It is inherently cheaper to “fuel” electric cars compared to internal combustion engines, or “ICE” vehicles. Research shows that less than 15% of the energy added into a traditional gas tank goes to driving that vehicle or powering useful accessories like A/C. Ouch. In contract, electric cars are 85-90% efficient.
Charging My Car: 110v to 220v to DC
For the first five months I charged using a heavy gauge extension cord connecting my car charger to a regular 110v outlet on the outside of my house. This form of trickle charging is the slowest requiring about 30 hours to charge my Leaf from a dead battery. However, this wasn’t an issue because I just plugged in each night and topped off after commuting 55 miles round trip to and back from work. The only downside is I had to lay an extension cord across my sidewalk in front of my house. (Plus, it probably wasn’t the safest option. Extension cords and electric cars are usually a no-no.)
I eventually picked up a used electric car charger from Craigslist for a little over $100—a big savings over a new charger. Eventually I ran power to my rear garage and parking pad and wired up the level two charger (different than the autonomy “level two” described above) with a J1772-style connector. This charged my new car about three times faster, but more Importantly was safer than using an extension cord.
In addition to charging at home, I was fortunate to supplement my electrical commuting costs thanks to free electric car charging offered by my employer, BECU. Each day, I use the Chargepoint app to get in a virtual queue with other electric car owners at my HQ. I then get a notification when it is my time to charge. After two hours, my allotted time is over and I re-park my car in a non-charging spot. Typically, this charging session covers half of my daily commute. While I wasn’t going to retire on the savings (especially because electricity is cheap in Wa as I described above), I value the offering from my job, and it has reduced any range anxiety I might have feel.
The third way I charged was using DC Chargers, or Direct Current. My Nissan Leaf has a CHAdeMO plug—a somewhat legacy connection. The emerging format is CCS. Instead of taking hours to fill my 40kw battery, I could charge from 0% to 80% in about 45-minutes. These commercial chargers are located close to major highways—including the West Coast Electric Highway. This means you can bring your EV on long-distance trips. After a few hours of driving, just stop at a charger (often near coffee shops and restaurants), then “fill up” while grabbing a coffee or having a meal. After six months of ownership, I’ve only used these DC chargers about three times, but it was cheap and effortless. I paid between $5 and $10 each visit. This was a premium over charging home, but allowed me to use my Leaf for visits to the mountains for camping or trail runs.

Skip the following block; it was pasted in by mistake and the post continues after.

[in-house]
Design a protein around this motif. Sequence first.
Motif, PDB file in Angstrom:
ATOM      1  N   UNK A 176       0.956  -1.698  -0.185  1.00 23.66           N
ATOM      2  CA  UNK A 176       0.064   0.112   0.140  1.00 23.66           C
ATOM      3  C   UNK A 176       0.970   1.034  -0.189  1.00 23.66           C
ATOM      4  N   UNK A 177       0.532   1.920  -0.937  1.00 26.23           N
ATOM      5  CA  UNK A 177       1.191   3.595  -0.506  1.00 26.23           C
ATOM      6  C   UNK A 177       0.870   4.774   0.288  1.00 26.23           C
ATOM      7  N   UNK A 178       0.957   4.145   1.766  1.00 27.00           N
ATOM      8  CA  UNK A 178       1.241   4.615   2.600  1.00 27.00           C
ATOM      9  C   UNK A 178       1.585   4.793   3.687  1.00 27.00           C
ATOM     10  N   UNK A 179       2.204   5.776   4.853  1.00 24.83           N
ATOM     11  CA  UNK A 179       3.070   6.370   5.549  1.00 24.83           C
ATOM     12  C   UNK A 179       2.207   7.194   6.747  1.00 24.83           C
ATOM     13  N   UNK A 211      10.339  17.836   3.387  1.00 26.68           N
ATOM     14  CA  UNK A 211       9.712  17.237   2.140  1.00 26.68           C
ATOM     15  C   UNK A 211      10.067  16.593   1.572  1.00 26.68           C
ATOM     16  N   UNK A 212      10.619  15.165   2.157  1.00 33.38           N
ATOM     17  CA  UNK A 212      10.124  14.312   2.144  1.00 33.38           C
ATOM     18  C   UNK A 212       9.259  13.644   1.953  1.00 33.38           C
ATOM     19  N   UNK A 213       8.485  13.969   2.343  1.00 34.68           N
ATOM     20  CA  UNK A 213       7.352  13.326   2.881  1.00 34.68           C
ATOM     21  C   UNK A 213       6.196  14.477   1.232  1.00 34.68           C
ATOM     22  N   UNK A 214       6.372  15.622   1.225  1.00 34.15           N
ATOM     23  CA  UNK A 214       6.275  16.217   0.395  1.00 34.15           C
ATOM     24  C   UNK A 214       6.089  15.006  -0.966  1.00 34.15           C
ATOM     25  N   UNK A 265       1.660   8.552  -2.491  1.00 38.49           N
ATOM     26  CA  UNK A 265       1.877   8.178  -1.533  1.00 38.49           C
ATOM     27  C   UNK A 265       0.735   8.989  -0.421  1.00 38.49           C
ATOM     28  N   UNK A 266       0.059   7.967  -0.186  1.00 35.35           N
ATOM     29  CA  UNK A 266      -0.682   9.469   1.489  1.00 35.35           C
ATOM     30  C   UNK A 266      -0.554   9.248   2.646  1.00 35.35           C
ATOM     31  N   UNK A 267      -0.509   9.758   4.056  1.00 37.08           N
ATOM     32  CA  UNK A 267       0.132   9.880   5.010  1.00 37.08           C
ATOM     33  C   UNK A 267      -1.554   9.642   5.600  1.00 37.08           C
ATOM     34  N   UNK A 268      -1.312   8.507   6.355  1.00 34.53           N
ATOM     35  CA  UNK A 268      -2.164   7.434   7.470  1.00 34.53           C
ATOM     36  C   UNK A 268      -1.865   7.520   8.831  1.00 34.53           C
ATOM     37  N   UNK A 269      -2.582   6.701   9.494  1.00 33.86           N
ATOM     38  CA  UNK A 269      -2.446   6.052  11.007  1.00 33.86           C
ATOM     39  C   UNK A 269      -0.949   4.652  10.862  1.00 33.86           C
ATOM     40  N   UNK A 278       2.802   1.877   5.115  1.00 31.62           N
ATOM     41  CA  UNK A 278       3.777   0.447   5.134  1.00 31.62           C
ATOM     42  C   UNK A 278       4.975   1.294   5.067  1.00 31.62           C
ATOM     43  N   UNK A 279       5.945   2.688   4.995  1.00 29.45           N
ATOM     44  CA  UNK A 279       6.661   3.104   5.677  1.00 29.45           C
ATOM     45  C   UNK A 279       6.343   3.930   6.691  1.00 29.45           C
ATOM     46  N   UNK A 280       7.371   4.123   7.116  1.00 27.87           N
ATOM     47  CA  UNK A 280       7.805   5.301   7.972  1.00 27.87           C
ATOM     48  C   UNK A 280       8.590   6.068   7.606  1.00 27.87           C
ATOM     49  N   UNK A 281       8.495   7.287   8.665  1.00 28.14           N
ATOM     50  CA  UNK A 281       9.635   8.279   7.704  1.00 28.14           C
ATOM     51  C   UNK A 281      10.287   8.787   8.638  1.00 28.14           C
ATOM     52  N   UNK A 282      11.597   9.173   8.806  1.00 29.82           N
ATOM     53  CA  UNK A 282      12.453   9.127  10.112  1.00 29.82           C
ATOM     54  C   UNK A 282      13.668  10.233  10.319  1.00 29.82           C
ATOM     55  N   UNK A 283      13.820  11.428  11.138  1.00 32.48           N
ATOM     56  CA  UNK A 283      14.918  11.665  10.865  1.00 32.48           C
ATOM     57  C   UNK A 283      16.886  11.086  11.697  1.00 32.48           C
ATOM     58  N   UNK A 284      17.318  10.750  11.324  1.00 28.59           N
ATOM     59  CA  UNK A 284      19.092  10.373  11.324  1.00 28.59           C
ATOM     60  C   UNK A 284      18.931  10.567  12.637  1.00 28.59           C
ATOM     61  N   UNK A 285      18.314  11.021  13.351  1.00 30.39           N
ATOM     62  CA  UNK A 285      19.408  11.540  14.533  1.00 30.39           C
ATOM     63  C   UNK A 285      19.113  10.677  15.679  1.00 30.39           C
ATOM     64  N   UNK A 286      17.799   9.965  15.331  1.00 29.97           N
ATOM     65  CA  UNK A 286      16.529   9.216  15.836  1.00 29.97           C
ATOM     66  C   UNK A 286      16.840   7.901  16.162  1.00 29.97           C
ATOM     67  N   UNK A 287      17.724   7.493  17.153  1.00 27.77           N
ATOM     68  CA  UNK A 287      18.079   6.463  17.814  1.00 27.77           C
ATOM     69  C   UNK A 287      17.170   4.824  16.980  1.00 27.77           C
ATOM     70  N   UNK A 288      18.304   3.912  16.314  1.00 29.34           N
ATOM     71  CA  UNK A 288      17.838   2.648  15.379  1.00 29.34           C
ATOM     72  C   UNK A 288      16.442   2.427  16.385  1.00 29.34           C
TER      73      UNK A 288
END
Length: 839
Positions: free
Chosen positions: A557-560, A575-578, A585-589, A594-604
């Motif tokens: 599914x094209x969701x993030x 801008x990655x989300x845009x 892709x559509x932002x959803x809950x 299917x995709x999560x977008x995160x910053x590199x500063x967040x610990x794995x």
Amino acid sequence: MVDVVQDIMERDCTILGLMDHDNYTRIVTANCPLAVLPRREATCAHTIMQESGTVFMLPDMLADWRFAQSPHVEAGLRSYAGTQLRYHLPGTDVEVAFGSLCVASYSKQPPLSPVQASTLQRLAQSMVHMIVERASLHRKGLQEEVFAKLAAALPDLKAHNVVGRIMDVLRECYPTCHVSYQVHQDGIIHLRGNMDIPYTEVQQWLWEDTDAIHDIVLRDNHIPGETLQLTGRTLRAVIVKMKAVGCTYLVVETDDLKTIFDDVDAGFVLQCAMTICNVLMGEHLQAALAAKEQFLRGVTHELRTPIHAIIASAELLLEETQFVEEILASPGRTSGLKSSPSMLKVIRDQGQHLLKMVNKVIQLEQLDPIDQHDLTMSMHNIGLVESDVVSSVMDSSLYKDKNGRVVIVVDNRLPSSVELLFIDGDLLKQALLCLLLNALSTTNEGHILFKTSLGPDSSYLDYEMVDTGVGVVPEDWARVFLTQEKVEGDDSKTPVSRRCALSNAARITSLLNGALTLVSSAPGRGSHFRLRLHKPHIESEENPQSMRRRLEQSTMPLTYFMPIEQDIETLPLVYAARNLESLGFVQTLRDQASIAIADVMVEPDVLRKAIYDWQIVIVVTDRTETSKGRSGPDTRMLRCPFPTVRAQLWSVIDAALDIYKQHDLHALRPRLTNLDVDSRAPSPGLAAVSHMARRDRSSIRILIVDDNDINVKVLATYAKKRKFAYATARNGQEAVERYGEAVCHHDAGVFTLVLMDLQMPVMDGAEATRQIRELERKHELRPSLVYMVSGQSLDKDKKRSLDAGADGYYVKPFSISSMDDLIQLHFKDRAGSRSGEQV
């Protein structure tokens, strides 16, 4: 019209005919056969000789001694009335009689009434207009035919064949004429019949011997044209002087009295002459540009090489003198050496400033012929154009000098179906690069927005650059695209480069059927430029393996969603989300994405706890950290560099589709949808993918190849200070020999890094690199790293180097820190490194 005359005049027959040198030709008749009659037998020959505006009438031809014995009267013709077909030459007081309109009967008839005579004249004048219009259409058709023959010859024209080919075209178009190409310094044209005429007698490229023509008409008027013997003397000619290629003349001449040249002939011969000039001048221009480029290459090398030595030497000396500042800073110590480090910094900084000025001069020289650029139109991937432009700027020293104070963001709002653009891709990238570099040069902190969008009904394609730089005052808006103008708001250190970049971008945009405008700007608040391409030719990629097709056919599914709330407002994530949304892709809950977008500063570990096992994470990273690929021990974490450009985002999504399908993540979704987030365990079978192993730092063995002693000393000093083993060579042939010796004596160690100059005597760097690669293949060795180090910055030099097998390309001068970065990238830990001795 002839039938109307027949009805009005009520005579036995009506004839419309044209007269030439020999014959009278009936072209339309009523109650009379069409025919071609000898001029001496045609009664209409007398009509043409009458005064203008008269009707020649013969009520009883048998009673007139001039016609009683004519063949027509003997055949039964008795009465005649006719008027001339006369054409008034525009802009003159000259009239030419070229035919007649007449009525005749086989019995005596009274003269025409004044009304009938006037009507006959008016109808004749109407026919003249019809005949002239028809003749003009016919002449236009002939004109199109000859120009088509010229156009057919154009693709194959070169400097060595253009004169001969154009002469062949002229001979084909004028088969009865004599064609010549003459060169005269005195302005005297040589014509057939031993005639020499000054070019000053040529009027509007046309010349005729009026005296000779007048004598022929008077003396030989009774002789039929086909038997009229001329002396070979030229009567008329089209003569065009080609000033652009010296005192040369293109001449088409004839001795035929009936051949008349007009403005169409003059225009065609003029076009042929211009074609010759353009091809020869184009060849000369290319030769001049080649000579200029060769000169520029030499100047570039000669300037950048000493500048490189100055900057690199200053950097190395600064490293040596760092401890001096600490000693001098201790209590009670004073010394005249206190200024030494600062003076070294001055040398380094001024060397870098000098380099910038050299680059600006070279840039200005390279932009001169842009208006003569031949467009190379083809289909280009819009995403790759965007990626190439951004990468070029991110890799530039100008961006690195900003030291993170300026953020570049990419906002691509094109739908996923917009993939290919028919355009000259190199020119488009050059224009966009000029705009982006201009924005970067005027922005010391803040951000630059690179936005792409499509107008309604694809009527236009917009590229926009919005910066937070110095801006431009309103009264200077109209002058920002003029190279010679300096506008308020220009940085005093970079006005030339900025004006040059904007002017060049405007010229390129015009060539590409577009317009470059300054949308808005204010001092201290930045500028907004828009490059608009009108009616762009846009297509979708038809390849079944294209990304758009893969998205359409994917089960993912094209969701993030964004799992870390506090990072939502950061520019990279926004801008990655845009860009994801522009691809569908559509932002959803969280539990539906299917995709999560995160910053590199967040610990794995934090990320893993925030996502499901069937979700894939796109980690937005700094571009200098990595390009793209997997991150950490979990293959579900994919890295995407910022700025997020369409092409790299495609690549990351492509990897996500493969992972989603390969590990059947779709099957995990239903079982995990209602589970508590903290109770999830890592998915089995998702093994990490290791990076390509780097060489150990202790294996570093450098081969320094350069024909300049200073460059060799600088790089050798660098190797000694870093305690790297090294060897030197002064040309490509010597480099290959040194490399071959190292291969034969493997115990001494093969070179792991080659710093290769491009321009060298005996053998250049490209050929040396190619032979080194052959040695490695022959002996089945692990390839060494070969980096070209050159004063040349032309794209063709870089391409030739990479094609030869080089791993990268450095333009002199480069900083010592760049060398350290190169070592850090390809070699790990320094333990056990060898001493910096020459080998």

Car Maintenance: Little to None
After over 8,000 miles of driving, I haven’t done any maintenance beyond a car wash or two. The car drives and feels just like it did on day one. Nissan recommends getting the tires rotated every 7,500 miles, and the brakes and suspension to serviced as-needed. Thanks to the regenerative braking, some owners report that the brake pads are lasting 10+ years. So, I guess this means I need to have my tires inspected for even wear, but otherwise I’m good to go.
Conclusion: Save the Planet, and $$$
After six months of ownership, I couldn’t be happier with my choice to switch to an electric car. I am confident that I won’t be going back to an internal combustion engine—probably ever. Moving away from a carbon emitting car to a more “green” vehicle was a big motivation for making the switch. While buying any finished product links you with the carbon emissions used to create that thing, electric cars are inherently less-destructive options than ICE cars.
After going through this change, I would put as a close second the financial savings of electric cars. As long as I take care of my Leaf, the savings in fuel and maintenance costs cost appear to reduce my lifetime transportation expenses significantly. Not everyone needs to drive to get to work. However, for those that do need a car, I highly suggest looking at an EV.